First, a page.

Setting Up for A360 Collaboration for Revit

In my earlier post, I gave a quick introduction to A360 Collaboration for Revit. Your next question might be: “where can I get started?”

I recently went through the process of setting up the collaboration environment for our DevTech AEC team. The best instruction I found so far is this page on help.autodesk for Revit >> A360 Collaboration for Revit >> Get Started with Your A360 Collaboration for Revit Subscription (*1)

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A360 Collaboration for Revit

Autodesk has introduced a new cloud-based services called  “Autodesk A360 Collaboration for Revit” (or C4R in short) during Autodesk University last month. Prior to the official release, it was called “Skyscraper” and was available as a technology preview. Some of you may recognize with this code name better. In simple words, we may describe it as a cloud version of Revit Server; it provides a centralized location in the cloud to save and access a work-shared Revit project file among a team of architects and engineers who are sparsely located across the globe. But it actually goes beyond that. Let me give you a brief introduction to this new services through my point of view.

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Lab4 Glue API Web Intro JS

(This is a continuation from the previous post: Lab3 “Glue API Web Intro”)

The last piece of API functionality that we want to add to our Intro Labs app is an ability to select an element in the viewer and to obtain its property. To do this, Glue API provides a thin layer of JavaScript API. It is written on top of jQuery library, which is very popular public JavaScript library and greatly simplifies querying of document parts or accessing web document objects.

JavaScript API Layer

If you look at the accompanying sample project for Lab4, you see three JavaScript (.js) files under Scripts folder:

  • jquery-1.11.0.min.js
  • glue-embedded.js
  • viewer.js

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Lab3 Glue API Web Intro

(This is a continuation from the previous post: Lab2 “Glue API Intro”)

So far, we have written a program that is a desktop client application. Next, we will write a simple ASP.NET web application. For now, we keep the basic functionality same as Lab2 (i.e., login, get a list of projects, get a list of models, and display a model). Later on in the Lab4, we will add JavaScript layer to have UI interaction with the viewer.

The good news is that you should be able to reuse most of Glue web services REST calls that you wrote in the previous labs. In the sample project accompany this labs exercises, we put the common Glue REST calls under Glue folder. You can simply copy the folder to your web application if you are using our sample app.

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Lab2 Glue API Intro

(This is a continuation from the previous post: Lab1 “Hello Glue World”)

In Lab1, we learned how to sign into the Glue using API, and we got familiarized ourselves with the basics of REST call. Let’s move on, and try to retrieve a model and to display it in an embedded viewer.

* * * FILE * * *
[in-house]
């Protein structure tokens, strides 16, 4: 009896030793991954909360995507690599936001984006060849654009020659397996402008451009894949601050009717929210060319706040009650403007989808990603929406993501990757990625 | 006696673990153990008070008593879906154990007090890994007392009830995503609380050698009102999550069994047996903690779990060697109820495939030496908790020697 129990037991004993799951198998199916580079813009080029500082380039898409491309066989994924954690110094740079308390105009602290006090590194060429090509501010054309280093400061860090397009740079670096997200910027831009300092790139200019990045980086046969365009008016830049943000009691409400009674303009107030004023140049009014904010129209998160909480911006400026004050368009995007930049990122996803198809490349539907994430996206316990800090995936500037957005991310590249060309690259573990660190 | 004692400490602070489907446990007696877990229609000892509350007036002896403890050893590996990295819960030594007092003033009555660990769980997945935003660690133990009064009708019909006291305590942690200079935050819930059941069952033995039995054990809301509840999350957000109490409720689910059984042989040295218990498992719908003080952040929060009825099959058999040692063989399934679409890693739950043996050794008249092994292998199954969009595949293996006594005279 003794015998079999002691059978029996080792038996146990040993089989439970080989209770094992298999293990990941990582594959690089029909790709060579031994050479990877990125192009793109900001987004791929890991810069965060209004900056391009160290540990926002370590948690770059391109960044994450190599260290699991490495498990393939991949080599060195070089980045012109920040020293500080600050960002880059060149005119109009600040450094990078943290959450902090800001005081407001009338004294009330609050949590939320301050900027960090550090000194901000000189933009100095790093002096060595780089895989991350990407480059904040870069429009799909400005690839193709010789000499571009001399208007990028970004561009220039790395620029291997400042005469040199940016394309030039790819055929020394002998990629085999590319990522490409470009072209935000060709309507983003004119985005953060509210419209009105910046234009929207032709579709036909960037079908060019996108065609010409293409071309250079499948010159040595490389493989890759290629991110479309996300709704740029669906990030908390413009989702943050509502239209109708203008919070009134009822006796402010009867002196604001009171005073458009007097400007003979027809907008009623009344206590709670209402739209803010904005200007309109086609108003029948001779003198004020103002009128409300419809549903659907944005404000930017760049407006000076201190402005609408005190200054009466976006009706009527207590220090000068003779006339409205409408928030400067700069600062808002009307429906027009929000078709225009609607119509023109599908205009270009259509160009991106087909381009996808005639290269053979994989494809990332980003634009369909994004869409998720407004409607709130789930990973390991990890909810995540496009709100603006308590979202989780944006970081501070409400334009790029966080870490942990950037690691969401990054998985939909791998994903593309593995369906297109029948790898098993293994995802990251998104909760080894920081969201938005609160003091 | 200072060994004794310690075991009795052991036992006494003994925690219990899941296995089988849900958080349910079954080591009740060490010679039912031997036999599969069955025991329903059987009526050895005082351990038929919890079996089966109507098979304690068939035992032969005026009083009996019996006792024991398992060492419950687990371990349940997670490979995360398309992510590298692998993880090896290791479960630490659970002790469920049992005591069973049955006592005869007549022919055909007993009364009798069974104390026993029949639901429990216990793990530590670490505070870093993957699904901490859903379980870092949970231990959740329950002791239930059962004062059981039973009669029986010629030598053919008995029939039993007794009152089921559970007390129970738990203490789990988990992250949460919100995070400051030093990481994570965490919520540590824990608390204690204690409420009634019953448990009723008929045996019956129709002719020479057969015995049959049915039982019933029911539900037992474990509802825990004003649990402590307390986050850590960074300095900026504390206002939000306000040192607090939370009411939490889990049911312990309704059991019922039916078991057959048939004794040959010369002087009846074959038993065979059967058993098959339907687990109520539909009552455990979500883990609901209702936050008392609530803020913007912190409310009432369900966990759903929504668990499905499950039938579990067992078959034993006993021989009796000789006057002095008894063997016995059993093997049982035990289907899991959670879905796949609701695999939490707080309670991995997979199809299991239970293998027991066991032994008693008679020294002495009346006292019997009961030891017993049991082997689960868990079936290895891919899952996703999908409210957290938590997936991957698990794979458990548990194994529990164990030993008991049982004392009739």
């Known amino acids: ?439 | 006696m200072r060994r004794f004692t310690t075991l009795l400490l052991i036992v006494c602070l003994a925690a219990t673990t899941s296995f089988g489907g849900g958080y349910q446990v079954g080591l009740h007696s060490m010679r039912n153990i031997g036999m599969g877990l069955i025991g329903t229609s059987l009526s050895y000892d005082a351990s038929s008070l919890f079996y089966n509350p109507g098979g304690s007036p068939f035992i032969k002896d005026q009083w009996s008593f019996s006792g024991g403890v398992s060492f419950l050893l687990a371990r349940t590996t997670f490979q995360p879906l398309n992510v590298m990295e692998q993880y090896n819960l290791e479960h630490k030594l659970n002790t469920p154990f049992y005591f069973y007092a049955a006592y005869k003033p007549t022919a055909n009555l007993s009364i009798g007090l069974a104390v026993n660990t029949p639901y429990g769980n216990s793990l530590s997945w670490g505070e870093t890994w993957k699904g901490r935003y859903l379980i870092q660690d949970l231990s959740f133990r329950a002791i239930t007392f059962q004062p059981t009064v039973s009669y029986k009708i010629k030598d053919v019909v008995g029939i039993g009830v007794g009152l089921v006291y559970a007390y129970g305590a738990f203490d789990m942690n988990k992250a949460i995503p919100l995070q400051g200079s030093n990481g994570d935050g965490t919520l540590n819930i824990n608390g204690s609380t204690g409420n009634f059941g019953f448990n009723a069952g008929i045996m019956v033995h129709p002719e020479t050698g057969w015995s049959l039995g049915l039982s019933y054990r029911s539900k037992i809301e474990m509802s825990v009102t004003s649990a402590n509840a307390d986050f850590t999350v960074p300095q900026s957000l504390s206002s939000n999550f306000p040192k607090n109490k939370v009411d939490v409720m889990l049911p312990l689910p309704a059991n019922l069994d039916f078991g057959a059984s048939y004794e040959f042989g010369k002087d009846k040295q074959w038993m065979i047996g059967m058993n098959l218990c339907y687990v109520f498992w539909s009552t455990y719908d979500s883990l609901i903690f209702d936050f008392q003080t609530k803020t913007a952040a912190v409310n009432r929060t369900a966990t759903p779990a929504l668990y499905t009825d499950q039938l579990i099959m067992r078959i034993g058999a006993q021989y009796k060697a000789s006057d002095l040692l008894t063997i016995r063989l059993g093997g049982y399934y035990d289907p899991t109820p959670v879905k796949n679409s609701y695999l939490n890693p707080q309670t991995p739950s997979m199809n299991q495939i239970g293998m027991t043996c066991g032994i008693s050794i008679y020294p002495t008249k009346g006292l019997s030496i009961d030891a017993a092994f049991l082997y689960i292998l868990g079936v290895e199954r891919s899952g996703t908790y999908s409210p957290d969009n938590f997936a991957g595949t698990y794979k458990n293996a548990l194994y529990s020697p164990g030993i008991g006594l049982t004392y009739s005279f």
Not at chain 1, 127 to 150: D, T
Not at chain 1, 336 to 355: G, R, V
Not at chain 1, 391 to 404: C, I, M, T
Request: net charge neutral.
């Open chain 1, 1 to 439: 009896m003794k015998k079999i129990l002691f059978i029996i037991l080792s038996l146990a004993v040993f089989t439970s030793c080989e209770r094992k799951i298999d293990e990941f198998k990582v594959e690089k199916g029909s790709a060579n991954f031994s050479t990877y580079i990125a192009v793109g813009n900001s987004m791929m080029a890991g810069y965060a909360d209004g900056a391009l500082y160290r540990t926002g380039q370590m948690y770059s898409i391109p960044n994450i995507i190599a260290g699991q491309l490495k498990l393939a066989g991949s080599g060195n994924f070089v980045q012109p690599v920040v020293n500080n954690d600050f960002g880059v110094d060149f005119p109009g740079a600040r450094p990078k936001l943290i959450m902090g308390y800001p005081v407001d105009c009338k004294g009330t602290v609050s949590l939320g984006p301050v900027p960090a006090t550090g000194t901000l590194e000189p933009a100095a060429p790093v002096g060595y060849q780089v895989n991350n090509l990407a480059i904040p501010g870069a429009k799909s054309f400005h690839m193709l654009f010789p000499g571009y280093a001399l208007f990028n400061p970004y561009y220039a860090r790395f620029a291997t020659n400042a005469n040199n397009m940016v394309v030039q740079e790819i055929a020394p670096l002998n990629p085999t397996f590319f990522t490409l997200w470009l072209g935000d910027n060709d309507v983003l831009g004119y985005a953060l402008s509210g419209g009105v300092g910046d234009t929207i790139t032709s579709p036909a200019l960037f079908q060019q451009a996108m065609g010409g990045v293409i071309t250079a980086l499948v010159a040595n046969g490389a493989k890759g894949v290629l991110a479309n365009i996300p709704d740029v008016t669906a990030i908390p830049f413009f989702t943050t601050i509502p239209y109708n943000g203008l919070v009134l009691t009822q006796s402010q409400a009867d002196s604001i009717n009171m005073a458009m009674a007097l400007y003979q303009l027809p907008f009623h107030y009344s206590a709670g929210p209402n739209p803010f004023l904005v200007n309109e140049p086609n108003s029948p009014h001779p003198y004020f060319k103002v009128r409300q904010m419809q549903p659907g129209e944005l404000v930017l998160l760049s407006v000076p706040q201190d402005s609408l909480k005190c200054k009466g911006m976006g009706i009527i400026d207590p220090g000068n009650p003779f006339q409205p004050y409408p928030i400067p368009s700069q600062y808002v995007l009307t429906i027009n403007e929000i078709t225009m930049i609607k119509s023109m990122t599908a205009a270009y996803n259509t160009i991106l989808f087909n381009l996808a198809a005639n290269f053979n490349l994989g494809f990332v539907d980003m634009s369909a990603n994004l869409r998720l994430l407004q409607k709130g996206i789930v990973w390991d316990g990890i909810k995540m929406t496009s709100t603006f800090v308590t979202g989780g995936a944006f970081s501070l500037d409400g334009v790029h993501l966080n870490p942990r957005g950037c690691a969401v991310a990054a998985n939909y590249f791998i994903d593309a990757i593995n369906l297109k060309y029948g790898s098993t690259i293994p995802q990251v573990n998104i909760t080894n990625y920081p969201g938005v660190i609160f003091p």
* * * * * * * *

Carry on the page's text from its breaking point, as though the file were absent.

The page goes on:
To achieve this, we use following services:

  • Security/login (same as in the Lab 1)
  • Project list
  • Model list
  • Display component (or viewer)

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Lab1 Hello Glue World

Continuing from the previous post, our THE minimum project is called “Hello Glue World”. In this lab, we learn the first step into the Glue world and the basic of REST API call. This is a simple Windows Forms application written in C#. The Glue services we use in this lab is security/login, which is a call to sign-in to the Glue and to obtain an authentication token for subsequent calls.

To make REST calls, we use a library called RestSharp in our labs, because I found it is very easy to use and gives you a very good semantic view of what REST API is if you are new to REST API. If you are already familiar with REST API in general and thinking to use other languages of your choice for actual implementation, it might help you “read” the code that are specific to the Glue API. (If you have better suggestions, feel free to share with us.)

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Glue API Intro Labs Overview

(Update: this materials is outdated. Glue viewer, which is a plugin, is no longer supported by modern browses. The Glue web services REST API part remain unchanged. If you are interested web services API part, that portion should still work. 9/28/2016.) 

Earlier I posted materials from AU class “SD6867 Introduction to the BIM 360 Glue API.” One of them is called “Glue API Intro Labs”. It is intended to be exercises to learn Glue API for people who is new to the Glue API. (If you happen to use Revit API and learned through Revit API Training labs, the same idea.) Labs include four incremental code projects. Starting from Lab 1, we learn the basics of Glue API:

  • Lab1 “Hello Glue World” – this is the minimum project which shows sign-in REST call. If you are new to the REST API, this lab will give you a pretty good picture of what REST API is like and how to use them.
  • Lab2 “Glue API Intro” – this lab shows how to retrieve project and model ids and display a model in an embedded viewer.
  • Lab3 “Glue API Web Intro” – we then convert a client win forms application written in Lab 2 to a web application.
  • Lab4 “Glue API Web Intro JS” – we add thin JavaScript layer to access element properties and selection.

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